Bud Black

On the other hand Bud Black has gotten quite a bit of attention for the Manager of the Year, and it is warranted. He guided a team that went 75-87 last year to a 90-72 record, and very nearly made the playoffs. Unlike Manuel, Black had far from the most talented team. The pitching staff was the strength of the team, but the rotation lacked a true ace, and the bullpen's dominance and the defenses improvement are what really helped the Padres very nearly grab a playoff spot. As for injuries Black was behind only Manuel in dealing with eighteen trips to the disabled list. I would make the argument though that replacing the production from the Padres players was easier than replacing those from the Phillies players. Still Black held his own and had a smaller margin of error to deal with than Manuel. While everyone was practically handing a playoff spot to the Phillies, to begin the year, they were also trying to decide whether the Padres or Giants would finish last in the division. Head to head Black had the second best record with a 25-19 record against the other teams. Unlikely Manuel, he has gotten quite a bit of play in the media for the Manager of the Year award, and deservedly so. I can't find fault if he were selected to win the award.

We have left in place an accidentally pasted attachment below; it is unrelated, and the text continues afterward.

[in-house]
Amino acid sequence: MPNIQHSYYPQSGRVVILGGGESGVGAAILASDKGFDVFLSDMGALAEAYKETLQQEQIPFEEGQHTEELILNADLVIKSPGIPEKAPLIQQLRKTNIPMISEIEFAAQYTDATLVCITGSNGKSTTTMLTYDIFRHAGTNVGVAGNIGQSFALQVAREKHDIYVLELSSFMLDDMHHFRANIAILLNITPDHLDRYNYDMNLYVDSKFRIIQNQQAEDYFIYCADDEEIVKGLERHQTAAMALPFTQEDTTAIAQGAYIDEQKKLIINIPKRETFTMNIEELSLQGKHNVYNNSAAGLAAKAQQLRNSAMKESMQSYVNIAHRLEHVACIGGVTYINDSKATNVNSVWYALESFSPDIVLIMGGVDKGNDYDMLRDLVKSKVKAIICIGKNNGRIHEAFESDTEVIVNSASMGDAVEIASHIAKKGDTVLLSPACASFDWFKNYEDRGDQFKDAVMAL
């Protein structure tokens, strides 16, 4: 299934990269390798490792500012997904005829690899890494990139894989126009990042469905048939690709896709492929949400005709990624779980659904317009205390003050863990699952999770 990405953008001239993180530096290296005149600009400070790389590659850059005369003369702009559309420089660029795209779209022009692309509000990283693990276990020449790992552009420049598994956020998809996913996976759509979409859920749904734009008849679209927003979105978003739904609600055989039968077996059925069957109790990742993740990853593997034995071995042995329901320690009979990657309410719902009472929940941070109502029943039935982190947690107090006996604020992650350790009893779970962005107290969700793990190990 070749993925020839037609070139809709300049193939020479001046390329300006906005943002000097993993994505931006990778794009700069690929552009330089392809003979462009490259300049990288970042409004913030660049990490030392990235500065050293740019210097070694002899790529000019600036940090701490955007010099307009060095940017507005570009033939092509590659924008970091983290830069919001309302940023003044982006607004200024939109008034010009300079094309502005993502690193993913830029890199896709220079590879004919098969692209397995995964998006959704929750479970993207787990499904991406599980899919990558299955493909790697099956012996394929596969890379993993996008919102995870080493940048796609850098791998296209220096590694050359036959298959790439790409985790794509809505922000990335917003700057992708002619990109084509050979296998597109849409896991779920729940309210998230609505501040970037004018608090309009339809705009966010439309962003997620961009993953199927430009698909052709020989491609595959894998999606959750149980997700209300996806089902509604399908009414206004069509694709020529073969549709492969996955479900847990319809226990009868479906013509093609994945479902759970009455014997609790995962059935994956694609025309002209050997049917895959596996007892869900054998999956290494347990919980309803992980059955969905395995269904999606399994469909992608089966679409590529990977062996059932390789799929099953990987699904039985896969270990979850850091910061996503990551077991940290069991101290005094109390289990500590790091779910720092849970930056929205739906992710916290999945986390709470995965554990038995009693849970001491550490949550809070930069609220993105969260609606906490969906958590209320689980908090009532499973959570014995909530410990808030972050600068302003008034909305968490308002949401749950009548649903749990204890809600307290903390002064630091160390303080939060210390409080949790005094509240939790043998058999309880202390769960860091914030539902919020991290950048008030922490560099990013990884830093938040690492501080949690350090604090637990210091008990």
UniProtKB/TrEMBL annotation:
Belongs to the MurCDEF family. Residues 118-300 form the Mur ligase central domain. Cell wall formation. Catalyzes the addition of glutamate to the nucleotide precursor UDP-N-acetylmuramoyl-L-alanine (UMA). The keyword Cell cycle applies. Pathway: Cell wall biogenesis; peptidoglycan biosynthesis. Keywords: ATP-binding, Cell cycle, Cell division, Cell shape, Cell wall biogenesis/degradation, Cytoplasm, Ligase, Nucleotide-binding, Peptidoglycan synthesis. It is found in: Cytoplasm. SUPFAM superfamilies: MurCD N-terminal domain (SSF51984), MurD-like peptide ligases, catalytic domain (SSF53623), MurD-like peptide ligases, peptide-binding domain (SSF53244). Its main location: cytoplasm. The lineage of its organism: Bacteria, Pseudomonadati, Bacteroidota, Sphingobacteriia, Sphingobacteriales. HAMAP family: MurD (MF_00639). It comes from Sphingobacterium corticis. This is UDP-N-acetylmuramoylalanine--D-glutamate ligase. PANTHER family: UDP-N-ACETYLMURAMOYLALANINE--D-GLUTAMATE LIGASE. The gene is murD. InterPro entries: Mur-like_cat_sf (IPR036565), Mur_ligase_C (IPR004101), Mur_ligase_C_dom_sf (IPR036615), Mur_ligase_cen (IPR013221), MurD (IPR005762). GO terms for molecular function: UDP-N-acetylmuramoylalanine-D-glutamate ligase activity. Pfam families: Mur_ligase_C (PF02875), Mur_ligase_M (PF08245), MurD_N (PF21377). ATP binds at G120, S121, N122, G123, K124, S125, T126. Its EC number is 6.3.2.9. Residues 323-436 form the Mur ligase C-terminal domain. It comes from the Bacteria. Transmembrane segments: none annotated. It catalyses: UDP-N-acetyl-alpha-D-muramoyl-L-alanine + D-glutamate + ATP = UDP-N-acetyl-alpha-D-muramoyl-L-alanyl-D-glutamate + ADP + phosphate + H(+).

Bobby Cox

Ah yes the sentimental pick Cox, in his final year, has guided the Braves back to the October playoffs, a month

they've been taking off since 2005. His 24-18 record against the other teams holds up well, and he has had to deal with seventeen injuries this year. This team has had quite a bit of turnover through out the season. Aside from Rookie of the Year candidate Jayson Heyward, and All-Star Brian McCann, this lineup is not going to scare anyone. They do have two nice players in first time All-Stars Martin Prado and Omar Infante, but they're not in the habit of scaring any pitchers off the mound. They've traded Yunel Escobar for Alex Gonzalez, and the outfield has been maned by Nate McClouth, Melky Cabrera, Matt Diaz , Eric Hinske, and now features Rick Ankiel as the starting centerfielder. The rotation on the other hand is solid, but you have to give credit to a Bobby Cox team that had to battle the Phillies within their own division, with that lineup. Against Philly the Braves were 8-10, so they held their own.